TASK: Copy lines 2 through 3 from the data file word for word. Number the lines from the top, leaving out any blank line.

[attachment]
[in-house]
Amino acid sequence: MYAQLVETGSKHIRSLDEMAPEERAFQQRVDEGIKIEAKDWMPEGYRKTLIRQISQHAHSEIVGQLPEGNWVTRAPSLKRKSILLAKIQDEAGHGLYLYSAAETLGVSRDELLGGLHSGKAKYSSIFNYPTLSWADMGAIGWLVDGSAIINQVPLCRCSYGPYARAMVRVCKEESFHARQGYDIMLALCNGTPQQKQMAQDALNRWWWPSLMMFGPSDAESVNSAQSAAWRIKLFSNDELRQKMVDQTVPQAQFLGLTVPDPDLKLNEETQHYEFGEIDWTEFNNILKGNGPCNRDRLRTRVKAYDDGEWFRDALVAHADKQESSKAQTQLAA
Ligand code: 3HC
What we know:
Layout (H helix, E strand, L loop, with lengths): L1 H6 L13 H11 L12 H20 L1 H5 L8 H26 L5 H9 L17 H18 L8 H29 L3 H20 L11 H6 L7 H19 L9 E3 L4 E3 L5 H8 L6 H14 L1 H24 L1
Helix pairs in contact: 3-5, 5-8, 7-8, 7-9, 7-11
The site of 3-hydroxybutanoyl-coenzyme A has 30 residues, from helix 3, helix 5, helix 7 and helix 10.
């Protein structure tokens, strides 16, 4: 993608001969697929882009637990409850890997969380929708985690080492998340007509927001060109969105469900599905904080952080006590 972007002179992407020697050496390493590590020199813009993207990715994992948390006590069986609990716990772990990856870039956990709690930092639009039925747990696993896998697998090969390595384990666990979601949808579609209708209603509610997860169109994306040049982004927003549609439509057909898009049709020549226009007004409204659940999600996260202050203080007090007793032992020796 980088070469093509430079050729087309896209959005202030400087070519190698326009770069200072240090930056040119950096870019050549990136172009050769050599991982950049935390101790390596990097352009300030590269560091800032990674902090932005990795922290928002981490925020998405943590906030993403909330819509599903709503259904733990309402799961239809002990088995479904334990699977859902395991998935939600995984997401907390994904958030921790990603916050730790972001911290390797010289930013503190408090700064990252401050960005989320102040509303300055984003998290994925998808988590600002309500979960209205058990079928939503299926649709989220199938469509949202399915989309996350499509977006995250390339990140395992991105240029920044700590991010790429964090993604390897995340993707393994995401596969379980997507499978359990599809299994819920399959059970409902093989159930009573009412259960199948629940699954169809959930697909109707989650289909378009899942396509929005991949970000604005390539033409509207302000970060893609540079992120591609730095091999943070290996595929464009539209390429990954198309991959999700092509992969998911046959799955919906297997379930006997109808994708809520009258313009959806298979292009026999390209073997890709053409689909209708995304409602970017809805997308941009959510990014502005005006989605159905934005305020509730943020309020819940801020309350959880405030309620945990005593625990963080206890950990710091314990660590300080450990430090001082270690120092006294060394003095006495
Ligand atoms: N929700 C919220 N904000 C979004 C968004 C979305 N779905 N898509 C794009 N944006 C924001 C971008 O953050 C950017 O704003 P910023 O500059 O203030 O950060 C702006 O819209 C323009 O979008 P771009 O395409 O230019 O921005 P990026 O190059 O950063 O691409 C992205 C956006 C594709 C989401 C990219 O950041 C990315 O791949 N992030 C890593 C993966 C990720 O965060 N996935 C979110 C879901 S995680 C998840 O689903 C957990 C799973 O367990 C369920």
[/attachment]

Amino acid sequence: MYAQLVETGSKHIRSLDEMAPEERAFQQRVDEGIKIEAKDWMPEGYRKTLIRQISQHAHSEIVGQLPEGNWVTRAPSLKRKSILLAKIQDEAGHGLYLYSAAETLGVSRDELLGGLHSGKAKYSSIFNYPTLSWADMGAIGWLVDGSAIINQVPLCRCSYGPYARAMVRVCKEESFHARQGYDIMLALCNGTPQQKQMAQDALNRWWWPSLMMFGPSDAESVNSAQSAAWRIKLFSNDELRQKMVDQTVPQAQFLGLTVPDPDLKLNEETQHYEFGEIDWTEFNNILKGNGPCNRDRLRTRVKAYDDGEWFRDALVAHADKQESSKAQTQLAA
Ligand code: 3HC